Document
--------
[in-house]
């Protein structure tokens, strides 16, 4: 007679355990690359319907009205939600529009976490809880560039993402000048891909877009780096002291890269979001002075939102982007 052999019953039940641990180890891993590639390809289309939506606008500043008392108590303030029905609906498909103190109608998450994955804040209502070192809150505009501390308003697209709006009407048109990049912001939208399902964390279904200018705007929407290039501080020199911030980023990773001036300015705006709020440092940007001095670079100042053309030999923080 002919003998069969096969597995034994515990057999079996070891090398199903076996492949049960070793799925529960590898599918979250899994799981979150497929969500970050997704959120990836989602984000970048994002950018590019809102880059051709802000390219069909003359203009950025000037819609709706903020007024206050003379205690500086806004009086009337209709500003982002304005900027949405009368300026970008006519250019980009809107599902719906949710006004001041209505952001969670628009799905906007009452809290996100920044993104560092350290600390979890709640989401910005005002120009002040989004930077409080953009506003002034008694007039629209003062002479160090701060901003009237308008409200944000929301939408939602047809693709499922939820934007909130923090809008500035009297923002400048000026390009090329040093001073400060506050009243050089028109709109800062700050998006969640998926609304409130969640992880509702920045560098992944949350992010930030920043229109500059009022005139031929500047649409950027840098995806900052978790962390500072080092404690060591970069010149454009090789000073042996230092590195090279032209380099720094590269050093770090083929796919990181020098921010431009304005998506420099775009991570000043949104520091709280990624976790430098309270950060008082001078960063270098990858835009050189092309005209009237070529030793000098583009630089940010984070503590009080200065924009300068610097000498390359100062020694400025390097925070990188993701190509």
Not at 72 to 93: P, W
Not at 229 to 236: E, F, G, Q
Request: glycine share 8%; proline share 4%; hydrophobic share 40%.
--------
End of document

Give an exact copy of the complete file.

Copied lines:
[in-house]
């Protein structure tokens, strides 16, 4: 007679355990690359319907009205939600529009976490809880560039993402000048891909877009780096002291890269979001002075939102982007 052999019953039940641990180890891993590639390809289309939506606008500043008392108590303030029905609906498909103190109608998450994955804040209502070192809150505009501390308003697209709006009407048109990049912001939208399902964390279904200018705007929407290039501080020199911030980023990773001036300015705006709020440092940007001095670079100042053309030999923080 002919003998069969096969597995034994515990057999079996070891090398199903076996492949049960070793799925529960590898599918979250899994799981979150497929969500970050997704959120990836989602984000970048994002950018590019809102880059051709802000390219069909003359203009950025000037819609709706903020007024206050003379205690500086806004009086009337209709500003982002304005900027949405009368300026970008006519250019980009809107599902719906949710006004001041209505952001969670628009799905906007009452809290996100920044993104560092350290600390979890709640989401910005005002120009002040989004930077409080953009506003002034008694007039629209003062002479160090701060901003009237308008409200944000929301939408939602047809693709499922939820934007909130923090809008500035009297923002400048000026390009090329040093001073400060506050009243050089028109709109800062700050998006969640998926609304409130969640992880509702920045560098992944949350992010930030920043229109500059009022005139031929500047649409950027840098995806900052978790962390500072080092404690060591970069010149454009090789000073042996230092590195090279032209380099720094590269050093770090083929796919990181020098921010431009304005998506420099775009991570000043949104520091709280990624976790430098309270950060008082001078960063270098990858835009050189092309005209009237070529030793000098583009630089940010984070503590009080200065924009300068610097000498390359100062020694400025390097925070990188993701190509």
Not at 72 to 93: P, W
Not at 229 to 236: E, F, G, Q
Request: glycine share 8%; proline share 4%; hydrophobic share 40%.